Red Rum's position as the greatest Grand National horse seems assured for a good while yet, writes Timeform jumps handicapper Phil Turner...
Taquin Du Seuil's stable-companion Holywell (c158p) doubled up on Merseyside, though, and cemented his position as the top-rated staying novice chaser seen out so far in 2013/14 with a ten-length defeat of Don Cossack (c152) in the Grade 1 Mildmay on Friday
New sponsors Crabbies approached us recently to decide who would come out on top in a line-up of the twenty best and/or highest-profile winners in Grand National history, with Red Rum (admittedly helped by the weights allotted in this virtual contest) coming out on top from dual winner Reynoldstown, old rival L'Escargot and 2005 winner Hedgehunter. Indeed, Red Rum's record-breaking three wins seem unlikely to be matched again, whilst he remains the last horse (despite the best efforts of BHA handicapper Phil Smith!) to carry top weight to victory - a feat he achieved in both 1974 and 1977.
The final win in 1977 earned Red Rum a higher Timeform rating than that season's Cheltenham Gold Cup winner Davy Lad, something which hasn't been done since - though 2012 winner Neptune Collonges came close when rated only 1 lb below that year's ill-fated Cheltenham hero Synchronised. It was clear from some way out that there wouldn't be much chance of that happening in the latest National, with most of those towards the head of weights failing to complete, whilst a higher-than-usual percentage of non-stayers also meant it wasn't the strongest renewal. That said the form amongst the principals looks strong, with each of the first three coming into the race at the top of their game following fine campaigns.
Pineau de Re (Timeform rating c151) ran out a five-length winner from the ultra-consistent Balthazar King (c154), with the prolific winning Irish chaser Double Seven (c152) a further length and a quarter away in third, that trio pulling ten lengths clear of the remainder. These represent career-best efforts for the first and third (the runner-up also matched his previous best), whilst it should be noted they are all now rated within a stone of this season's Gold Cup winner Lord Windermere (c163).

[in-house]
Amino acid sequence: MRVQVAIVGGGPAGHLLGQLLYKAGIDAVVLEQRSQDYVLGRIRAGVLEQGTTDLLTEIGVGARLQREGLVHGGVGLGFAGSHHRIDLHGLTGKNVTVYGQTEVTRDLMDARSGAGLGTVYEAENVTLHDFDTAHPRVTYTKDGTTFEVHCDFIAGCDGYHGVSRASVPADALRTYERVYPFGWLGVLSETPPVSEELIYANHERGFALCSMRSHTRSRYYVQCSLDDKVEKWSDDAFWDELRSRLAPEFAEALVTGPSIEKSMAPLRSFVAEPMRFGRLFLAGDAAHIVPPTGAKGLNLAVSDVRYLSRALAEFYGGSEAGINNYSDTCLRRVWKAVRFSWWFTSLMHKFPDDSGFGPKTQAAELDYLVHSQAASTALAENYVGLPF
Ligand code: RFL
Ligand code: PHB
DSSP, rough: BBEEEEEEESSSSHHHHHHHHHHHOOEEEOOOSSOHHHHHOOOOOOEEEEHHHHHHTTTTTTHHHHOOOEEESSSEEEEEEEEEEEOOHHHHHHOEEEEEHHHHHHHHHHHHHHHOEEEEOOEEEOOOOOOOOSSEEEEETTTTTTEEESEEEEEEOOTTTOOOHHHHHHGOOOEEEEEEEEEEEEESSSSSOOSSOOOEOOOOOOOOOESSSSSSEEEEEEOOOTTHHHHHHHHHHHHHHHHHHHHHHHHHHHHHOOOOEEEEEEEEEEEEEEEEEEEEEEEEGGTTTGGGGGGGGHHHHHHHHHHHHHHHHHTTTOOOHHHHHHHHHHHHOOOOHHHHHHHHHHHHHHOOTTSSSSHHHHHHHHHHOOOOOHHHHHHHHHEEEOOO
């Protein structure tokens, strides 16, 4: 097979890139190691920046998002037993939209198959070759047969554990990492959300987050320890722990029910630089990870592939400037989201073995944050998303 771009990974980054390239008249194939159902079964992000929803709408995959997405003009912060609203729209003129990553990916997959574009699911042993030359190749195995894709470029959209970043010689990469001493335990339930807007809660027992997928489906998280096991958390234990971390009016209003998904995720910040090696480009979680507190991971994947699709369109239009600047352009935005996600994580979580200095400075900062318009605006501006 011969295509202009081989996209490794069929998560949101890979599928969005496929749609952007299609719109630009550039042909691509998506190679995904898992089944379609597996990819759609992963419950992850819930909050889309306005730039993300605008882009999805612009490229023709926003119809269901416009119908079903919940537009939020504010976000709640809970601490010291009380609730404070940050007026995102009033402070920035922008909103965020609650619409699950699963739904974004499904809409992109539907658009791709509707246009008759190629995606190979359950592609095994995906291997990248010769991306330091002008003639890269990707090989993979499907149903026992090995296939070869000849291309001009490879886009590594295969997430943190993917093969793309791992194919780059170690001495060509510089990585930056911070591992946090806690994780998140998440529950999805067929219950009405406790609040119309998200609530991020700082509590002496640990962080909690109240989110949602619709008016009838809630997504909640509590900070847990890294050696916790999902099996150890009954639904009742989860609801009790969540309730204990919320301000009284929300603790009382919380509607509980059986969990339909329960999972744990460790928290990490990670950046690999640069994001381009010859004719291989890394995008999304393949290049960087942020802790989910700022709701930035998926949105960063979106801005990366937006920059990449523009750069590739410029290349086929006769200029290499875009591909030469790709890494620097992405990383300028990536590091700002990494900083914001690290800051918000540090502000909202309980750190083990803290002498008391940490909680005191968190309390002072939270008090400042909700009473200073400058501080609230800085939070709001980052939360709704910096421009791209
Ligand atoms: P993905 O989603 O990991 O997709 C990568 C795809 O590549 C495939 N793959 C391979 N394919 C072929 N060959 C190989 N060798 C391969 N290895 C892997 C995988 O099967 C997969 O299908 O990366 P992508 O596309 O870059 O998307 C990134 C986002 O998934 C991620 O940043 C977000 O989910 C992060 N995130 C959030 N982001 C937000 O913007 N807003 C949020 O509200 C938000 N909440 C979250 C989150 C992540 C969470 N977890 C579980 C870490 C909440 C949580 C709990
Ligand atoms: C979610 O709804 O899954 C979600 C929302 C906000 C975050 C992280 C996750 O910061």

Pineau de Re has some similarities with Red Rum, given that he was a seemingly exposed gelding who's flourished since moving to an unconventional yard - the former is one of a dozen horses trained by a horseracing-mad ex-NHS doctor, whilst the latter was trained by a former taxi driver from the back of his second-hand car salesroom in Southport! Pineau de Re's revival has been all the more remarkable give his advanced age, and he'll be twelve should he return to Aintree next April in a bid to become the first back-to-back National winner since Red Rum. His shrewd trainer is reportedly keener to buck another trend before then, that of the poor wins record National winners usually suffer after their Aintree pay-day - 2002 winner Bindaree remains the last one score again under Rules since their National success (Red Rum won six times the season after his first National win!).